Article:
"We disagree with the holding that if Napster is enjoined the harm is speculative," said David Boies, chief counsel for Napster. "We think the harm to Napster and its users would be very real and substantial."
The central ruling of the 19-page opinion laid out the bad news for Napster's fans succinctly.
"The district court correctly recognized that a preliminary injunction against Napster's participation in copyright infringement is not only warranted but required," reads the opinion. "We believe, however, that the scope of the injunction needs modification in light of our opinion. Specifically, we reiterate that contributory liability may potentially be imposed only to the extent that Napster: (1) receives reasonable knowledge of specific infringing files with copyrighted musical compositions and sound recordings; (2) knows or should know that such files are available on the Napster system; and (3) fails to act to prevent viral distribution of the works. The mere existence of the Napster system, absent actual notice and Napster's demonstrated failure to remove the offending material, is insufficient to impose contributory liability."
Contributory liability is the central issue. One of the main goals of Napster's defense was to argue that it was not responsible for what its users did -- in other words, even if users were knowingly violating copyright by downloading a Metallica tune, Napster was just a conduit.
The court dismissed this defense, asserting that Napster had both a right and a responsibility to supervise its users' actions. However, the one point on which the Court of Appeals disagreed with the District Court's ruling was in the arena of "specific knowledge." The District Court had argued that the law did not require specific knowledge of "specific acts of infringement." The Court of Appeals, on the other hand, decreed that "evidence of actual knowledge of specific acts of infringement is required to hold a computer system operator liable for contributory copyright infringement."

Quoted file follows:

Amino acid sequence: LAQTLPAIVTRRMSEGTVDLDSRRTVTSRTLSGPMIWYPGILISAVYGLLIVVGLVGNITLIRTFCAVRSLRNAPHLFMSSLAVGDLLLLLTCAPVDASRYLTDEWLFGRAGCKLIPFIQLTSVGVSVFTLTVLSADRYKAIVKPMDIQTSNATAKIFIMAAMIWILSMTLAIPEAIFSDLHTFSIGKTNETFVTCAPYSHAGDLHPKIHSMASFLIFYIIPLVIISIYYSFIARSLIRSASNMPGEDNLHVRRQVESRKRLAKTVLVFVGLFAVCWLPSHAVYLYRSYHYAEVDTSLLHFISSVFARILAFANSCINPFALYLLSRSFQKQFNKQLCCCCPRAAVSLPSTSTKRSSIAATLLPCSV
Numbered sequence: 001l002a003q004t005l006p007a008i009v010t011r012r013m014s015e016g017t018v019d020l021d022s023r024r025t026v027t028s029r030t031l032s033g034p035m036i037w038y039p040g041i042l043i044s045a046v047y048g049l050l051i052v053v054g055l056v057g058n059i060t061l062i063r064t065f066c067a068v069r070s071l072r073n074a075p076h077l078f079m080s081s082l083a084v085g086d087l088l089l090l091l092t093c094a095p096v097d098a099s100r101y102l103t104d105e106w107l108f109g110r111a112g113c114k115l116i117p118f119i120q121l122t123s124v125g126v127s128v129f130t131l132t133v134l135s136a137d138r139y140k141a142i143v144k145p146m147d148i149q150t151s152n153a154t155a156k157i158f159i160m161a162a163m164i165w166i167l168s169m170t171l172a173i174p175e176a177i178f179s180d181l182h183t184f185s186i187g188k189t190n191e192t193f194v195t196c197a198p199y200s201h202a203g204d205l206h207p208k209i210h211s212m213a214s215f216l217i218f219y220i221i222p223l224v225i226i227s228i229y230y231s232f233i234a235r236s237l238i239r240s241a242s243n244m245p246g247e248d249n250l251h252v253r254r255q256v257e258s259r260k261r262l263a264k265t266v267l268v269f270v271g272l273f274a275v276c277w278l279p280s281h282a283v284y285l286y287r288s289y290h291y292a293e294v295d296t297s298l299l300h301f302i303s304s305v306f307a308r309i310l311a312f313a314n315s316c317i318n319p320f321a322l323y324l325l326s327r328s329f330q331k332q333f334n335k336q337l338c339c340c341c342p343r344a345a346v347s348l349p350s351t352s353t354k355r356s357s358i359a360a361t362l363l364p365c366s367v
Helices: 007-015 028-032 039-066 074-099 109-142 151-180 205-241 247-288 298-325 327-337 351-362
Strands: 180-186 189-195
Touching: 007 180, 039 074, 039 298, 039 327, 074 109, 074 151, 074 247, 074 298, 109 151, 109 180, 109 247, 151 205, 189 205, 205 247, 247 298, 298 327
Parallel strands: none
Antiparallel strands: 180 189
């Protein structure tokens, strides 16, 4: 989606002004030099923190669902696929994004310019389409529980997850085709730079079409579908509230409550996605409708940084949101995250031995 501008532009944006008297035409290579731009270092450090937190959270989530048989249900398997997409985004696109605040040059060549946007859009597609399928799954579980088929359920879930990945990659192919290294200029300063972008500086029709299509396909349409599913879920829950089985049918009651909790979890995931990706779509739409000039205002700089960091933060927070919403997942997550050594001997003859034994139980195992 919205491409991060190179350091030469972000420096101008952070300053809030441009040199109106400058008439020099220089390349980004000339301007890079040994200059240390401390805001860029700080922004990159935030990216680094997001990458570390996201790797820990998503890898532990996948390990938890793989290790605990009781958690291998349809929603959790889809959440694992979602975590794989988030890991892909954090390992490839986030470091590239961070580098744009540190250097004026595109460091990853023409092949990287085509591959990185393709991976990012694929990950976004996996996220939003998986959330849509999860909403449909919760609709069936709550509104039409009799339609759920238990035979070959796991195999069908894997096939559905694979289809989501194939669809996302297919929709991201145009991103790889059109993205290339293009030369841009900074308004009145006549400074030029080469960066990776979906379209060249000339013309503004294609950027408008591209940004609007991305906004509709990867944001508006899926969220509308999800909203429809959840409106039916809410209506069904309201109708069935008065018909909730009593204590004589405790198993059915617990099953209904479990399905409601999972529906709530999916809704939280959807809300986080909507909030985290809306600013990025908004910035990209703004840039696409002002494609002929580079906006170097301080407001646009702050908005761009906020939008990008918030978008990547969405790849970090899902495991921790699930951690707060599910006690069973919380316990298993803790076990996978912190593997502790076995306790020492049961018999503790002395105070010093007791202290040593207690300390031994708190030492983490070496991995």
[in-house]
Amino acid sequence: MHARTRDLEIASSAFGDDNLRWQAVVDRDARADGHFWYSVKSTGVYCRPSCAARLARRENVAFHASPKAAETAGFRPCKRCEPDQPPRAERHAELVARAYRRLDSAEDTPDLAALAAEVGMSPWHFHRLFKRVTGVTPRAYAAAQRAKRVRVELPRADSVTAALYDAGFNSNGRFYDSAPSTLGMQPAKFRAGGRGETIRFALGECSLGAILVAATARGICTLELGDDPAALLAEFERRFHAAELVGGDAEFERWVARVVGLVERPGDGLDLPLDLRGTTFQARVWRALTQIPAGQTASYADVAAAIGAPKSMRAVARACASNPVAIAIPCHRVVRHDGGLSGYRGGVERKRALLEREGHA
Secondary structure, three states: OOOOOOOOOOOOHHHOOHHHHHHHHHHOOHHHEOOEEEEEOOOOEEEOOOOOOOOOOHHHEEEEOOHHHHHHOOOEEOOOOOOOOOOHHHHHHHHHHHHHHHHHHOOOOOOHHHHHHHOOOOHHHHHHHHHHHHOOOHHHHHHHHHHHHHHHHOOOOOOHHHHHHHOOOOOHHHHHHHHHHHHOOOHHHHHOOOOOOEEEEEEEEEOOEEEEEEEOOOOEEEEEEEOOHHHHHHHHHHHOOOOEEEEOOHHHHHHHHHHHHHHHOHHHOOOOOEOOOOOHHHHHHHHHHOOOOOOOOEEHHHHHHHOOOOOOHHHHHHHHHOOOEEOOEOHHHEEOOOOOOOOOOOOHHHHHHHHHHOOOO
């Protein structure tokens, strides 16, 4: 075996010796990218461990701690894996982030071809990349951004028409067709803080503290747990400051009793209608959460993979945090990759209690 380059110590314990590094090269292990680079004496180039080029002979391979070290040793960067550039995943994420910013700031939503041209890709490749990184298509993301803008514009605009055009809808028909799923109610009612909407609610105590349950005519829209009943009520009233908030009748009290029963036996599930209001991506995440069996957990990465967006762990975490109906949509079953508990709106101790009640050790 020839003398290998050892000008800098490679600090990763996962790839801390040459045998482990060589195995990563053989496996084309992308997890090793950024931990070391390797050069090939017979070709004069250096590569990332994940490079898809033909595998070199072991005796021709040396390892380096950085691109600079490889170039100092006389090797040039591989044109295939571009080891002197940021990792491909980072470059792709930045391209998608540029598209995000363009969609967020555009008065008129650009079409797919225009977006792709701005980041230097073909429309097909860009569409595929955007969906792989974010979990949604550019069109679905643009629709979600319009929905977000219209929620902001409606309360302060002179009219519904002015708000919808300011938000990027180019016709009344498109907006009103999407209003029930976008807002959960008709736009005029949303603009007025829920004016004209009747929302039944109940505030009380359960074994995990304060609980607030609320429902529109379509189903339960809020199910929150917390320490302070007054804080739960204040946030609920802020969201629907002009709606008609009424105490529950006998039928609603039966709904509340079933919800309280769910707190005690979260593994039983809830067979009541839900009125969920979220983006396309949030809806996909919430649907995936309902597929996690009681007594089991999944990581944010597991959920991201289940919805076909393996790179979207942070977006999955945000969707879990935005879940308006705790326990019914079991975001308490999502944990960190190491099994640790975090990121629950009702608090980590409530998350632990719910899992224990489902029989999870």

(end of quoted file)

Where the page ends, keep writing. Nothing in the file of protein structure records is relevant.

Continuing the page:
Therefore, the court ordered that the District Court rewrite its injunction to incorporate the requirement that Napster first be alerted of actual copyright infringements. If Napster fails to act upon that knowledge, then the injunction will shut Napster down.
What next? There is little doubt that a flood of alerts from the record studios warning Napster of infringement will soon descend on the beleaguered service. But Napster's lawyers' first priority will be to haggle over a new injunction with the District Court, hoping that the company's new Bertelsmann backing will give the service more credibility as a legitimate commercial concern.
Other options include calling for an "en banc" review by the entire appellate court, instead of the three-judge panel that released Monday's ruling. If the appellate court refused to hear the case again, then Napster could appeal all the way to the U.S. Supreme Court.